Frankie Goes to Hollywood Bits


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“I have the license to Frankie Goes to Hollywood!”

How exactly do you respond to that? Well, apparently by making a surreal adventure game.

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FGTH's title screen, complete with some odd algebra.

The bits:

  • The game was created with a unique approach as it didn’t star the band’s members or have much to do with music. Instead, it was a somewhat psychedelic romp based off of the cover art for the band’s albums.
  • FGTH’s protagonist is, quite literally, a shade of a man. Inspired by the band’s logo, the player takes on this persona and embarks on a quest to become a “real person.” Incidentally, this premise also served as a nice cover for the ZX Spectrum’s colour limitations.

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    Some of the first windows and icon-based inventories in videogame history.

  • The game starts off with the player stumbling upon a murder, which — in a somewhat positive twist — actually gives the protagonist hope of becoming an interesting (i.e., real) individual. Being interesting is also the prerequisite for entering “The Pleasuredome,” the overall goal of the game.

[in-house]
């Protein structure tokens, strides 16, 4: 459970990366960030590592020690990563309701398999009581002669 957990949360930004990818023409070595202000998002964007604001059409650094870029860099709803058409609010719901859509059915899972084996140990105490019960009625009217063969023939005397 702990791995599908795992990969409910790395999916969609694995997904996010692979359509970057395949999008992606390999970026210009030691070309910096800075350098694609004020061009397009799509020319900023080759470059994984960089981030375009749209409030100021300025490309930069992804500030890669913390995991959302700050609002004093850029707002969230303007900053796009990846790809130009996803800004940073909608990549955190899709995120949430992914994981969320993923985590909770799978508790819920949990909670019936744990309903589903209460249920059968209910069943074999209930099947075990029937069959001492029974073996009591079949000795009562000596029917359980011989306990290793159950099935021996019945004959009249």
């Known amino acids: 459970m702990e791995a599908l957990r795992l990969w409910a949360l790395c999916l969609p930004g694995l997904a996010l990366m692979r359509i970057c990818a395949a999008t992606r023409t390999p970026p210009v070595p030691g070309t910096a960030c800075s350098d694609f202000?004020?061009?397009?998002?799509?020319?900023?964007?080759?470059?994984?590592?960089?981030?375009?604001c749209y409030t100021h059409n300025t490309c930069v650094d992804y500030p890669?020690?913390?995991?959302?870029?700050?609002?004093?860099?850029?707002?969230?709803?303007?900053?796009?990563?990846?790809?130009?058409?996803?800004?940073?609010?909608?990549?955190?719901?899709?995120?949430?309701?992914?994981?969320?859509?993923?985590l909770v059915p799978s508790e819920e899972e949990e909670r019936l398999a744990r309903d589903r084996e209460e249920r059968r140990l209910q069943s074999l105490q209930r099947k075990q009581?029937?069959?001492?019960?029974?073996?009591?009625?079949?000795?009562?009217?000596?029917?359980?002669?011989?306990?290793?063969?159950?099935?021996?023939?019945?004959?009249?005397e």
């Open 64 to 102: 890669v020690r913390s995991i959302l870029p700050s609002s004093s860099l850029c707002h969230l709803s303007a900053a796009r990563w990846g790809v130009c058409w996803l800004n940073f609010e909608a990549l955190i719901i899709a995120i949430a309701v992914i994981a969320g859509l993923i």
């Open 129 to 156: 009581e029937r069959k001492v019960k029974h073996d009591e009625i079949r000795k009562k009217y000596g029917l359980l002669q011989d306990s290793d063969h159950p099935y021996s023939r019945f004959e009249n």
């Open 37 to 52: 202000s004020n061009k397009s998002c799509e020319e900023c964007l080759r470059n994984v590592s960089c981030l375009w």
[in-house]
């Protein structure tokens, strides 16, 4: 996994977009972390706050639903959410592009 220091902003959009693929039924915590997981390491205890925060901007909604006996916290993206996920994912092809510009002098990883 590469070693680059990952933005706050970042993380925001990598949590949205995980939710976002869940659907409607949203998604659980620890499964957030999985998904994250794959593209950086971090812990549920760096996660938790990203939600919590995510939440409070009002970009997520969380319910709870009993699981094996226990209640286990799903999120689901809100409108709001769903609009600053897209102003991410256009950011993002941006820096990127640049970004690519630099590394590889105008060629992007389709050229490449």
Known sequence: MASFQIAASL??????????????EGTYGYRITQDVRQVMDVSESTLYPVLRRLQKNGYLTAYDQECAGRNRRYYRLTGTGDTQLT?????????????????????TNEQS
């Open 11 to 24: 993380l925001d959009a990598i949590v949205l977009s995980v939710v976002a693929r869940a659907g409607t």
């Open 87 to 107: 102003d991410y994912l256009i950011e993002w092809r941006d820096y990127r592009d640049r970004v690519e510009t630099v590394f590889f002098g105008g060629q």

• Much like Clue, solving the murder mystery involves gathering evidence and eliminating suspects. Making correct deductions increases one of the player’s main statistics: sex, war, love and religion. Each one of these is a reference to the band’s albums, and is used to indicate how interesting the shade has become.
  • The four icons representing sex, war, love and religion are a pair of sperm, a missile, a heart and a cross. Each one is accompanied by a vertical bar on the right side of the screen.
  • FGTH contains various surreal minigames — such as a game of Breakout where Ronald Reagan and Mikhail Gorbachev spit projectiles at each other — that can be played to increase the shade’s interest-level.
  • The highest possible score in the game is 99%, accentuating the fact that no one’s ever really perfect.

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  1. #1 by David on June 29, 2009 - 1:10 am

    Thanks for posting this. I was a young fan at the time, but I hadn’t seen this. I assume it was developed exclusively for the ZX Spectrum. My uncle was a computer dealer at the time, and I recall he had one, but it may have been the earlier mail-order-famous model.

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